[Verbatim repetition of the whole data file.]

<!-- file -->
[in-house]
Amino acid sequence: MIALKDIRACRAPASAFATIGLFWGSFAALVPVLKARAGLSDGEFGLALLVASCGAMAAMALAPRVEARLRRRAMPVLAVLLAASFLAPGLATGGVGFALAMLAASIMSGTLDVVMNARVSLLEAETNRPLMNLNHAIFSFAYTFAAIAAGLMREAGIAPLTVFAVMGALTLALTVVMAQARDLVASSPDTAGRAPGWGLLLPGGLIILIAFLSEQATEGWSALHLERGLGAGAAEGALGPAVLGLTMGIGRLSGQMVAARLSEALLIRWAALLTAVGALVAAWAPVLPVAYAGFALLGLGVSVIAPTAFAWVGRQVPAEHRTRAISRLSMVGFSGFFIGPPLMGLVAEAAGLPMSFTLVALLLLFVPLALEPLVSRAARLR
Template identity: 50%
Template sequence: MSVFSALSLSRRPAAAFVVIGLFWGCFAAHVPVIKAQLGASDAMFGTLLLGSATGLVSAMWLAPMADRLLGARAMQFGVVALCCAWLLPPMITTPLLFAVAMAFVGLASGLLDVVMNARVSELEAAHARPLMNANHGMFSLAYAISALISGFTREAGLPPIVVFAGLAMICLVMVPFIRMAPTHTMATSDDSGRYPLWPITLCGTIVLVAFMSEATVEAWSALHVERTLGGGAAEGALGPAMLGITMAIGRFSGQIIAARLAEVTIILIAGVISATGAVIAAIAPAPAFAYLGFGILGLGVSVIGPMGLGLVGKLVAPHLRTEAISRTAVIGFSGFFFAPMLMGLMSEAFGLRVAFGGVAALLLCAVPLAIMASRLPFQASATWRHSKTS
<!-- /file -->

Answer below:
[in-house]
Amino acid sequence: MIALKDIRACRAPASAFATIGLFWGSFAALVPVLKARAGLSDGEFGLALLVASCGAMAAMALAPRVEARLRRRAMPVLAVLLAASFLAPGLATGGVGFALAMLAASIMSGTLDVVMNARVSLLEAETNRPLMNLNHAIFSFAYTFAAIAAGLMREAGIAPLTVFAVMGALTLALTVVMAQARDLVASSPDTAGRAPGWGLLLPGGLIILIAFLSEQATEGWSALHLERGLGAGAAEGALGPAVLGLTMGIGRLSGQMVAARLSEALLIRWAALLTAVGALVAAWAPVLPVAYAGFALLGLGVSVIAPTAFAWVGRQVPAEHRTRAISRLSMVGFSGFFIGPPLMGLVAEAAGLPMSFTLVALLLLFVPLALEPLVSRAARLR
Template identity: 50%
Template sequence: MSVFSALSLSRRPAAAFVVIGLFWGCFAAHVPVIKAQLGASDAMFGTLLLGSATGLVSAMWLAPMADRLLGARAMQFGVVALCCAWLLPPMITTPLLFAVAMAFVGLASGLLDVVMNARVSELEAAHARPLMNANHGMFSLAYAISALISGFTREAGLPPIVVFAGLAMICLVMVPFIRMAPTHTMATSDDSGRYPLWPITLCGTIVLVAFMSEATVEAWSALHVERTLGGGAAEGALGPAMLGITMAIGRFSGQIIAARLAEVTIILIAGVISATGAVIAAIAPAPAFAYLGFGILGLGVSVIGPMGLGLVGKLVAPHLRTEAISRTAVIGFSGFFFAPMLMGLMSEAFGLRVAFGGVAALLLCAVPLAIMASRLPFQASATWRHSKTS